Hidden costs, dangers plague 3-point seat belt controversy

Jack Burns
Posted on April 1, 2002

In late April 2001, supermodel Nikki Taylor suffered critical liver damage and other internal injuries as a result of a car accident. The injuries were reportedly caused by Taylor’s seat belt. Taylor was riding in a car that had an automatic seat belt, and when she sat down in the front passenger seat and shut the door, the shoulder strap automatically came across her upper torso. It was purported that Taylor did not connect the lower, lap belt portion. Upon impact, the force of Taylor’s body slamming into the single portion of the seat belt nearly cut her liver in half. European car manufacturers first noticed the correlation between a single seat belt and serious or fatal internal injuries in car accidents. What made this pronounced was the fact that, in many accidents, the occupants wearing lap belt-only seat belts were the only passengers who suffered injuries. As a result of these findings, the three-point lap/shoulder belt became the standard of the auto industry. The problem that exists today is that the three-point lap/shoulder seat belt and the single lap belt are both generically referred to as a seat belt. When New York state passed the law requiring seat belts on school buses, the public was not informed - as they were with the dangers of passenger-side front-seat air bags - that the seat belts being installed on buses were lap belts only. It wasn’t addressed that lap belts, depending on the type of accident, can cause serious injury or death. In an effort to gracefully exit the lap belt controversy, it was decided that a study of seat belts on school buses would be beneficial. The National Highway Traffic Safety Administration conducted the study and promptly proclaimed what was known all along, that the three-point lap/shoulder seat belt combination is the safest type of seat belt. One of the reasons it took so long to reconfirm what was already known was that there was no explanation for the cost-benefit impact of a politically correct decision that may not even achieve the intended results. Realistically, you can only put two students per seat when they wear three-point lap/shoulder seat belts, whereas normally you can seat three. If the three-point lap/shoulder seat belt is required on school buses, it will result in one-third less carrying capacity on most buses in New York. If buses are required to be equipped with three-point seat belts and students are required to use them, our district could be forced to do any or all of the following:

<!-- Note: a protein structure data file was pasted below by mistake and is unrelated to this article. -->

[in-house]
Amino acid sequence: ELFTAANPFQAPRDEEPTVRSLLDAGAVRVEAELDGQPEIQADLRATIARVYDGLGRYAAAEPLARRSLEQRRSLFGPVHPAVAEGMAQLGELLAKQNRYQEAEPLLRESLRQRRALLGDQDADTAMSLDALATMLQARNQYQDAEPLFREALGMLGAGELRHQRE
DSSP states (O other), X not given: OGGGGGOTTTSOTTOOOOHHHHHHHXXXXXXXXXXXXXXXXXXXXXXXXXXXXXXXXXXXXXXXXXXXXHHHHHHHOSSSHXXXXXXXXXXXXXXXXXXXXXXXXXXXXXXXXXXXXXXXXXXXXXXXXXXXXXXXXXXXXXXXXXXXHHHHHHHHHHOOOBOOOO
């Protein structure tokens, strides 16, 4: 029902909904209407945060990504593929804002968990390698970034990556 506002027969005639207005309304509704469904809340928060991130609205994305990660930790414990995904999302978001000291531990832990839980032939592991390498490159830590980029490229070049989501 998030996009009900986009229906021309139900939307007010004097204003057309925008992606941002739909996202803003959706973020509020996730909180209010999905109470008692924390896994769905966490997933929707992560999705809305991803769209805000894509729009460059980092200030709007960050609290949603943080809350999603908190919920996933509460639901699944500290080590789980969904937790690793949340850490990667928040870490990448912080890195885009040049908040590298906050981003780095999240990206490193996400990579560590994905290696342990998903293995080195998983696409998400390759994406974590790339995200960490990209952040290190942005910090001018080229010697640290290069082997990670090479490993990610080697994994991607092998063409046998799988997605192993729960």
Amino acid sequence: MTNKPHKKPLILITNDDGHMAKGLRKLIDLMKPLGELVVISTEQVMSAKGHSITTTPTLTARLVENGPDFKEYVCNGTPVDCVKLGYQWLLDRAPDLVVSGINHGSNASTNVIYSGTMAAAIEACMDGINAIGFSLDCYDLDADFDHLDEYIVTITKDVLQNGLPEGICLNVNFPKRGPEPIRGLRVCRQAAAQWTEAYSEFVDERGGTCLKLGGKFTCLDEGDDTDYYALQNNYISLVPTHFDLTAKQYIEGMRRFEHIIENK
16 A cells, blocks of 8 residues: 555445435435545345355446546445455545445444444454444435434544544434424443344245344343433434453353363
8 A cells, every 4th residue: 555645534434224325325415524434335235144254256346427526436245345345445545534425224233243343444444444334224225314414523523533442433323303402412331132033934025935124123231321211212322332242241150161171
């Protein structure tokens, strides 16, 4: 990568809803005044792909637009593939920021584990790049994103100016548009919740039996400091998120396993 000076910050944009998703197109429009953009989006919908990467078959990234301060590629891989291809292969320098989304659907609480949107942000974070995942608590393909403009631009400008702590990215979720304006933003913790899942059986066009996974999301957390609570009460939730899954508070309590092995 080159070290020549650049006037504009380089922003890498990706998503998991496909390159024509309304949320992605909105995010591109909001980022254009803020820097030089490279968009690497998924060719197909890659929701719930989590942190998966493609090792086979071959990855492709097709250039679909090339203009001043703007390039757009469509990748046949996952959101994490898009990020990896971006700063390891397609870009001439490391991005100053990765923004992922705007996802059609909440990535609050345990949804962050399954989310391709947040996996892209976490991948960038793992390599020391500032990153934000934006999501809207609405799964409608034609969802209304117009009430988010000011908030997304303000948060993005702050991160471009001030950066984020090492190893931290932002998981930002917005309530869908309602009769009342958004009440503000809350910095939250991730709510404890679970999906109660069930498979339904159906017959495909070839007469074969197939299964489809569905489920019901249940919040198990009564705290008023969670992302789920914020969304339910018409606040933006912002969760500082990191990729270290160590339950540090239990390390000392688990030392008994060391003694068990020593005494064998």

• Increase the fleet size by approximately 20 buses
  • Hire new drivers
  • Put an addition on the bus garage
  • Hire one to two more mechanics
  • Increase the size of the bus parking lot
  • Increase maintenance and fuel costs by approximately 33 percent

    I believe that New York state and the federal government may try to promote the three-point lap/shoulder seat belt as simply an upgrade to the present lap belt system. I doubt that they will reveal the fact that transportation costs could rise approximately 33 percent. Nor will they describe how, in a time of driver shortage, trying to hire 33 percent more drivers could ultimately result in lower standards. When the true costs of this requirement finally impact budgets, I see driver training being scaled back and the upgrading of transportation garages and mechanical staff being put on hold. I also question the ability of a kindergarten student to properly adjust his three point lap/shoulder seat belt when he’s wearing a snow suit or carrying a backpack, a lunch box or a school project. All carry-on items, including books and musical instruments, would have to be prohibited from school buses because there is no room on a bus seat for carry-on items. Monitors would have to help students buckle up so that buses would not have to wait for students to properly buckle up on their own. Furthermore, the additional buses on the road resulting from reduced capacities would aggravate traffic, and there would in all probability be an increase in student fatalities outside the bus caused by passing motorists. The proven value of a three-point lap/shoulder belt speaks for itself. Statistically though, three point lap/shoulder seat belts will have minimal impact on reducing student injuries or deaths in school bus-related accidents. My concern is that unless major driver and program cost improvements are first put in place, the minimal sense of security coming from three point lap/shoulder seat belts on school buses will be shattered by the many low-tech issues that have caused and will continue to cause school bus-related injuries or fatalities. These issues may be exacerbated by the difficulties in adapting the drivers and program to the upgrade to three-point seat belts on school buses and may result in an increased occurrence of injuries. Cost-benefit improvements must be made before this becomes a simple debate over whether seat belts on school buses are good or bad. Jack Burns is transportation supervisor for Grand Island (N.Y.) Central School District

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